“As for the creative process it was a team of people talking with each other in a room about world building and story writing with some concept sketches done in between. With the written and drawn baselines we were able to come up with a plan for all the processes down the line, like voice acting, animation, general assembly etc.”

“We thought about the place that the characters live in and started visualising it on paper”, continues Tillmann. “Then we took one summer to write a big outline and collect and sort all the individual pieces of information we had come up with up until that point. From then everything just kept getting finer grained but stayed, essentially, the same over time. The communication paths between characters were part of the outline but dialogue was written a little bit later along the way by Danny Wadeson.” 

Every round of financing

Although the core idea of the game started with those 4 friends, development has always been the effort of a larger collective. Over the 10 years a ‘bunch of people’ have worked on it but moved on to other projects as well. Currently  4 people are doing full-time work and about 5 or 6 people are working part-time or freelance. It begs the question of how the Slow Bros are financing this project all this time. 

“Welded metal, textiles sewn against tiny wooden floorboards and clay faces the size of walnuts immerse the player in Harold’s tactile world.”

“Lots of luck and privilege and distributing every round of financing super thinly”, says Tillmann. “It felt ok to offer what little we could to the people continually involved with the project if they agreed to share the eventual profits of the game. We also stayed quite consistent with what we wanted to make from the get go and pitched this idea to a whole lot of different audiences, institutions, etc. We went from a government film and game fund (Film- und Medienstiftung NRW) over to some art funds to a publishing deal that ultimately did not pan out to a final round of funding that we aren’t allowed to talk about yet.”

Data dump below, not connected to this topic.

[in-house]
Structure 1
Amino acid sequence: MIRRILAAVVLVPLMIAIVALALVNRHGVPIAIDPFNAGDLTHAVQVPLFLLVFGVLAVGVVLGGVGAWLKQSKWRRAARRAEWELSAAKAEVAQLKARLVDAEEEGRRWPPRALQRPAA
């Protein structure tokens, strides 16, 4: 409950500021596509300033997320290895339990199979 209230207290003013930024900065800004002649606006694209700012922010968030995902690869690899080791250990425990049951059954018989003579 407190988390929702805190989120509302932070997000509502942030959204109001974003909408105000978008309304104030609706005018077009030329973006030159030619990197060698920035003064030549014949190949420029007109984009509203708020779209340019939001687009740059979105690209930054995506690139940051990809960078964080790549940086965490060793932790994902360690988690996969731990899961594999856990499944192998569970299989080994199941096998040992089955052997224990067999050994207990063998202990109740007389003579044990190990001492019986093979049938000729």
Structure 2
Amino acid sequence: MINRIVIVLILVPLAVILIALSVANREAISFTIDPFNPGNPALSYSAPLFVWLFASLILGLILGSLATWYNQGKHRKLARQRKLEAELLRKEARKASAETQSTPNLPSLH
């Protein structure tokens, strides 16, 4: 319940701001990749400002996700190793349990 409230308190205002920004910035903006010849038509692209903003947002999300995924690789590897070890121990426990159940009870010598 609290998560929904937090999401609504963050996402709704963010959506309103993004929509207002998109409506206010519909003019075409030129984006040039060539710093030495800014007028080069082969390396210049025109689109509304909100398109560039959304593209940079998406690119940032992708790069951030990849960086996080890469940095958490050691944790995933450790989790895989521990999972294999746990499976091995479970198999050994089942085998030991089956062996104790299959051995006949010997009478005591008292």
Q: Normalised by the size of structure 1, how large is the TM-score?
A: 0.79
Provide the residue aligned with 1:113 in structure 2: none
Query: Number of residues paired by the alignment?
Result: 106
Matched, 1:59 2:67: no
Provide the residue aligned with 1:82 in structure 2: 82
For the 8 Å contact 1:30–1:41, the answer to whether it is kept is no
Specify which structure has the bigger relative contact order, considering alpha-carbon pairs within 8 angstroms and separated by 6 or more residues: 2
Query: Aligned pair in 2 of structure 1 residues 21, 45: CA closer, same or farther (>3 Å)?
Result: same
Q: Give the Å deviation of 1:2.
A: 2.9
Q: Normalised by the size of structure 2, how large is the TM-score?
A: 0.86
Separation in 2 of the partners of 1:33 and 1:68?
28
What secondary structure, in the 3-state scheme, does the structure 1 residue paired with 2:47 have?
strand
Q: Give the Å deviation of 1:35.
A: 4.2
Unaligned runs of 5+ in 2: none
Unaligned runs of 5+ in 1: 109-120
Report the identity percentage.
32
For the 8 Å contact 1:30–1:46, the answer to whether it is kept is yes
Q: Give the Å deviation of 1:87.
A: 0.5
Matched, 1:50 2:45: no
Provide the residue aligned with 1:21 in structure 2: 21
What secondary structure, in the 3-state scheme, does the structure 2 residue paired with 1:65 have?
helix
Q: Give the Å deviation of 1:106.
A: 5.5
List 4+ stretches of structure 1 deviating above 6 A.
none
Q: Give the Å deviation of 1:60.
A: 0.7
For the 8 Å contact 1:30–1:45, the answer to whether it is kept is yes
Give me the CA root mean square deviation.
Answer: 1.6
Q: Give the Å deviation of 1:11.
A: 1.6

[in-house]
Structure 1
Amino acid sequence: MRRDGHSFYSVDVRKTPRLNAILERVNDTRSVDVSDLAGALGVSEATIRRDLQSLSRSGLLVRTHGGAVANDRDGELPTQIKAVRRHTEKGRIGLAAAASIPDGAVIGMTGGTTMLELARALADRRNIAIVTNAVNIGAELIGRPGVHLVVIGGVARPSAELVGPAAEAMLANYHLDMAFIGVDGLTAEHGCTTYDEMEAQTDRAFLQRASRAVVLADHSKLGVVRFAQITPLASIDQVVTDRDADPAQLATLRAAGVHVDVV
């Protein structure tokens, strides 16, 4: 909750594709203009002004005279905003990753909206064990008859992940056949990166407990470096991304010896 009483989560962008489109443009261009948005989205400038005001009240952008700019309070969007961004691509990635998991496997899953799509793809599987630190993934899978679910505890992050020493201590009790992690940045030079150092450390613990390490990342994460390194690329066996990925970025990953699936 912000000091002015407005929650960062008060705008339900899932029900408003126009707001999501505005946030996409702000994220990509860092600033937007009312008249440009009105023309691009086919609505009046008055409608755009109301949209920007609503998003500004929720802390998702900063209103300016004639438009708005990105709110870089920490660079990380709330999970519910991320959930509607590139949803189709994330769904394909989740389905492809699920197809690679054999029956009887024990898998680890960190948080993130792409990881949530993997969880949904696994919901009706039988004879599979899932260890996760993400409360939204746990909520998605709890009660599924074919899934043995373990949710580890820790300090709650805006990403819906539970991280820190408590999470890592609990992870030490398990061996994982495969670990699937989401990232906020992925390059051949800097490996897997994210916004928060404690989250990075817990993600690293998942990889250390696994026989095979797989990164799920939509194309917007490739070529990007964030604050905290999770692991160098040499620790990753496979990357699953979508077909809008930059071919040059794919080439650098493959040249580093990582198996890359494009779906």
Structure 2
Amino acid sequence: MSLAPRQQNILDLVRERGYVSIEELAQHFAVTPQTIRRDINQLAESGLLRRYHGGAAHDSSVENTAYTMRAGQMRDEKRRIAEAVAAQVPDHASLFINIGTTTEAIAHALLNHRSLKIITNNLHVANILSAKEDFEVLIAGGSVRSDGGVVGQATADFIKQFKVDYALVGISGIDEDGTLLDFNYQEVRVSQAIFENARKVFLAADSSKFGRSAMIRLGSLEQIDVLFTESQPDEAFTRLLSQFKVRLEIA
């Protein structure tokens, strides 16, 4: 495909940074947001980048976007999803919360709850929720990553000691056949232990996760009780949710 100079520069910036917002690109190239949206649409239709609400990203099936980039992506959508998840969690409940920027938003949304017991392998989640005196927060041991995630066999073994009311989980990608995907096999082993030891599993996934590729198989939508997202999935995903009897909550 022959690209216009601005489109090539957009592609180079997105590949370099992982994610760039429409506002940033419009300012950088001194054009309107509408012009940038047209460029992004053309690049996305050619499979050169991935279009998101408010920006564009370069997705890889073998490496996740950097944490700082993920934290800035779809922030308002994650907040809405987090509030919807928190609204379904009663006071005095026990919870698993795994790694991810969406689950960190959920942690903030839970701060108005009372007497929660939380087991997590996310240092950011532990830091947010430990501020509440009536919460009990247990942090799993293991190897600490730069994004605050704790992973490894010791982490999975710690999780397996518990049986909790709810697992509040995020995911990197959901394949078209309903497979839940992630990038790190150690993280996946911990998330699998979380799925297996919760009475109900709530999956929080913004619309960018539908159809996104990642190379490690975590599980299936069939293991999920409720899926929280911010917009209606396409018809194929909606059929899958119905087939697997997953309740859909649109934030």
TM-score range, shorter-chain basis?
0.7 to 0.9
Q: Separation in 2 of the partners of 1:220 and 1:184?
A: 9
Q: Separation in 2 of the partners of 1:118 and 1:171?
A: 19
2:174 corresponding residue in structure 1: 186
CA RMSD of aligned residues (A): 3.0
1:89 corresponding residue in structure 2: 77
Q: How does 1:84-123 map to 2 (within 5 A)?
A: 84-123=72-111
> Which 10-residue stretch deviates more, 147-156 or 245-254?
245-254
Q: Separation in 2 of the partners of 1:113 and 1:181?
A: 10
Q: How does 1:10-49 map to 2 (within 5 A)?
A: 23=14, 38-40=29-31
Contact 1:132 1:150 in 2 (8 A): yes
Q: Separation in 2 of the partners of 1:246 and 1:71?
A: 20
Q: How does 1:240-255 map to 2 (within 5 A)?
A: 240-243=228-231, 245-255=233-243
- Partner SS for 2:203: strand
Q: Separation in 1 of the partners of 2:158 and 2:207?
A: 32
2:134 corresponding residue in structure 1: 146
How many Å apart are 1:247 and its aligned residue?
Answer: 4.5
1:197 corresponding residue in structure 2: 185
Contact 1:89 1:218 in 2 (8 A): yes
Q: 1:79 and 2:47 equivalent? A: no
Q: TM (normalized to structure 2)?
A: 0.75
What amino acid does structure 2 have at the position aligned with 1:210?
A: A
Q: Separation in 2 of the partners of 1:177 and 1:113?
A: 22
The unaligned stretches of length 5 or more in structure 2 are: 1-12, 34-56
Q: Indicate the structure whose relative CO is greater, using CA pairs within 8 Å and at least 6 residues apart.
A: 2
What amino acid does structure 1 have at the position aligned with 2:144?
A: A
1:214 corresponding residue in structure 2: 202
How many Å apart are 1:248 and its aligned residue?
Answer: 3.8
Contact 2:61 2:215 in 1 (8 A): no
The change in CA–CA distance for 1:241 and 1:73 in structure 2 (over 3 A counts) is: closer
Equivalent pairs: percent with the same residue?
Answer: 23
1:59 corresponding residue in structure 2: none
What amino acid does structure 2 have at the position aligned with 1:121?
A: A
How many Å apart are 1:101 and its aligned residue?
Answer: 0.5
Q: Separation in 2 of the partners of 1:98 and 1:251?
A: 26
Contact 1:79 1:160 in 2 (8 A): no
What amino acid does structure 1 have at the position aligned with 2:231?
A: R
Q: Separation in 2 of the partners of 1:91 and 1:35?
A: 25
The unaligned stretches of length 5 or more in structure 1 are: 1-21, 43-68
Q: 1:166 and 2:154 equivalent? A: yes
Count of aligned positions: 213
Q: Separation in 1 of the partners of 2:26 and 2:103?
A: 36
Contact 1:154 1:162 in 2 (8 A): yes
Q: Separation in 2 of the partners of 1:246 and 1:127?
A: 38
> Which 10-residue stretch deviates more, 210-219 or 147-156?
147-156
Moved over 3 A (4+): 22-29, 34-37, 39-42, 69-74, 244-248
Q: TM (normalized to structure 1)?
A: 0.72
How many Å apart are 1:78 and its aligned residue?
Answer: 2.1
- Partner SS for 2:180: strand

Phases of doubt

And so, 10 years after conversation over dinner has anyone ever lost faith in the project? “I think most people that have worked on the game have had phases of doubt”, Tillmann says.  “But I’m under the impression that no one ever doubted the ‘legitimacy’ of the game itself or the idea of making it. The number one issue was the longevity of the labor mixed with being broke a lot. Our way of dealing with it was usually the group picking them back up again. I’d say it helped tremendously to have one person in the team that was quite unrelenting about the game’s worth in the world. Plus all the enthusiasm for the collaborative mountain climbing it took.”

Harold Halibut will release on PC, PlayStation and Xbox.
Eric Bartelson
Eric Bartelson
Editor-in-Chief of PreMortem.Games. Veteran game journalist for over 20 years. Started out in 1999 for game magazines (yes the ones made of paper) such as PC Zone Benelux, PlayNation and GameQuest, before co-founding Dutch industry paper Control Magazine.